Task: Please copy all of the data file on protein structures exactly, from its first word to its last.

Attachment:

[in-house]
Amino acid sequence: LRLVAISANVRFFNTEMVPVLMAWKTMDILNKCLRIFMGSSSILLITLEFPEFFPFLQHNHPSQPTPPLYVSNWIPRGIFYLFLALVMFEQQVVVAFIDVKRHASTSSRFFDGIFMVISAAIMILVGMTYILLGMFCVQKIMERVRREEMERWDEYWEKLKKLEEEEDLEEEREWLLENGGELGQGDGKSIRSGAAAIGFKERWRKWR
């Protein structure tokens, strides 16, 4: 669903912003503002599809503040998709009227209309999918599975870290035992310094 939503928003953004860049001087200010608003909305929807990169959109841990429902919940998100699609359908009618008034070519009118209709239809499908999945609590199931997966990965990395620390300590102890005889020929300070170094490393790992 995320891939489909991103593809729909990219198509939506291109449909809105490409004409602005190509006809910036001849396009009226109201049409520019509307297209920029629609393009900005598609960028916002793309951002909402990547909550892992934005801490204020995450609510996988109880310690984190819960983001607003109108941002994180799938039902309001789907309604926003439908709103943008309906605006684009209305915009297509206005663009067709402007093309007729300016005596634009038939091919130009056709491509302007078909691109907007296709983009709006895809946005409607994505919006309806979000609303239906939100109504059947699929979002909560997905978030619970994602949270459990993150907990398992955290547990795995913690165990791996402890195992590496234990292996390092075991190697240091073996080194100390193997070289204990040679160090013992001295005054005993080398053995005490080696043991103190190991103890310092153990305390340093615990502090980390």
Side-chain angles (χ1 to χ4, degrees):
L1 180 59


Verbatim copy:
[in-house]
Amino acid sequence: LRLVAISANVRFFNTEMVPVLMAWKTMDILNKCLRIFMGSSSILLITLEFPEFFPFLQHNHPSQPTPPLYVSNWIPRGIFYLFLALVMFEQQVVVAFIDVKRHASTSSRFFDGIFMVISAAIMILVGMTYILLGMFCVQKIMERVRREEMERWDEYWEKLKKLEEEEDLEEEREWLLENGGELGQGDGKSIRSGAAAIGFKERWRKWR
């Protein structure tokens, strides 16, 4: 669903912003503002599809503040998709009227209309999918599975870290035992310094 939503928003953004860049001087200010608003909305929807990169959109841990429902919940998100699609359908009618008034070519009118209709239809499908999945609590199931997966990965990395620390300590102890005889020929300070170094490393790992 995320891939489909991103593809729909990219198509939506291109449909809105490409004409602005190509006809910036001849396009009226109201049409520019509307297209920029629609393009900005598609960028916002793309951002909402990547909550892992934005801490204020995450609510996988109880310690984190819960983001607003109108941002994180799938039902309001789907309604926003439908709103943008309906605006684009209305915009297509206005663009067709402007093309007729300016005596634009038939091919130009056709491509302007078909691109907007296709983009709006895809946005409607994505919006309806979000609303239906939100109504059947699929979002909560997905978030619970994602949270459990993150907990398992955290547990795995913690165990791996402890195992590496234990292996390092075991190697240091073996080194100390193997070289204990040679160090013992001295005054005993080398053995005490080696043991103190190991103890310092153990305390340093615990502090980390």
Side-chain angles (χ1 to χ4, degrees):
L1 180 59